Given the conduct of their jailers, you’d think that Bundy and company had already been convicted and sentenced.

Lambley agreed with this AFP writer’s observation that it appears the government committed an especially grave miscarriage of justice in the way it handled the series of Bundy show-trial proceedings that started in February 2016 and finally concluded Jan. 8. Nearly 20 defendants in all were tried under a 16-count indictment consisting of rather vague and redundant conspiracy, obstruction, and weapons charges, among others.

Legal expert Roger Roots, who observed the court proceedings from start to finish, feels Cliven Bundy was correct when he said, right after the dismissal, that he had been jailed for 700 days as a “political prisoner” for refusing to acknowledge federal supremacy over the public land near his southern-Nevada cattle ranch, where his cattle have long grazed. The impoundment was said to have been ordered over Bundy not paying grazing fees, but citing the area’s unique history, he maintains that federal jurisdiction was never established over Clark County.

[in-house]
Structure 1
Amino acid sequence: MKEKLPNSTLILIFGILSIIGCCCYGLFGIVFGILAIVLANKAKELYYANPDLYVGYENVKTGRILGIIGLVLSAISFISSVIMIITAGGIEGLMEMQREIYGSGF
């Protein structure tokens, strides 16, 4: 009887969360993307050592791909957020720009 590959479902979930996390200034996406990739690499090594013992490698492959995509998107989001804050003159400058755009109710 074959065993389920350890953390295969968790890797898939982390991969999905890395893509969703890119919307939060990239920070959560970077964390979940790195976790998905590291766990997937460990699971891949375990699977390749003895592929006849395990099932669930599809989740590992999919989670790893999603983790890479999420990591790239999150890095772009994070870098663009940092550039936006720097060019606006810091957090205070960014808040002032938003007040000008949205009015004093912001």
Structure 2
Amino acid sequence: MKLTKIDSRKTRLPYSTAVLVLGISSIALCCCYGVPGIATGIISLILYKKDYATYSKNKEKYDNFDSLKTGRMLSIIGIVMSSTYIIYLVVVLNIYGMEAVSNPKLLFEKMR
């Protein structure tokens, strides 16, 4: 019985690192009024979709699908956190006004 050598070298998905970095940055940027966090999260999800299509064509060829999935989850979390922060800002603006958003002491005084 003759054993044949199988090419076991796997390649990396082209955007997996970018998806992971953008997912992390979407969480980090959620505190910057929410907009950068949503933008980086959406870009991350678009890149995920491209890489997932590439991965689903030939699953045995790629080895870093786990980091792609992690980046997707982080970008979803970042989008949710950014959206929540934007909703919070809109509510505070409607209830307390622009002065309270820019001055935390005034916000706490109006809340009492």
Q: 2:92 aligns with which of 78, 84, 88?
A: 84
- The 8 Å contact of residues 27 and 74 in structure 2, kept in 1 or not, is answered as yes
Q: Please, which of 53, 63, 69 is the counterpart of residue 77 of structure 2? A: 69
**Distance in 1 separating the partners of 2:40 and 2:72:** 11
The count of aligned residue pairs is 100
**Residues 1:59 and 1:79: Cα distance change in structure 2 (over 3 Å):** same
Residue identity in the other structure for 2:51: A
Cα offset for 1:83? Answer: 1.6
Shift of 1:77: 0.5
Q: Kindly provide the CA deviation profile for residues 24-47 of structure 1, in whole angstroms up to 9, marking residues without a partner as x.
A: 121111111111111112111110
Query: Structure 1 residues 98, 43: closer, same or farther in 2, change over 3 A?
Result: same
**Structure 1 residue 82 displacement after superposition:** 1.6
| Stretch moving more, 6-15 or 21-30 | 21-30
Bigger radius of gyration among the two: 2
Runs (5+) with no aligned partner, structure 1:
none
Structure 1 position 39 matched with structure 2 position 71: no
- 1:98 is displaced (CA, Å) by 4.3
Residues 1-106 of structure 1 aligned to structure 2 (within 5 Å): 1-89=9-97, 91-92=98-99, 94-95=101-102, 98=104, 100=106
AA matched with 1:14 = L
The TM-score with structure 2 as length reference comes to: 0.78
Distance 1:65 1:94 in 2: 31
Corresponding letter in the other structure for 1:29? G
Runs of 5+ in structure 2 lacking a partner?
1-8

Asked if Bundy and the 19 others had indeed been political prisoners, Roots replied: “If they had been left-wingers they would never have been looking at such ridiculous charges. The thing about Cliven and the others is that they provided real resistance with real constitutional principles.”

Crucial remaining matters include the Las Vegas Review Journal’s motion to try to force the federal government to open all of its files in this case. If the motion succeeds, the documents could reveal whether illegally secret court hearings were held and, among many other things, provide more information on the existence of federal snipers in the vicinity of the standoff and the Bundy homestead—despite denials by the prosecution that the snipers existed and relevant evidence withheld from the defense.

Roots noted that, despite the judge throwing out the case with prejudice, a government appeal of the dismissal cannot be ruled out.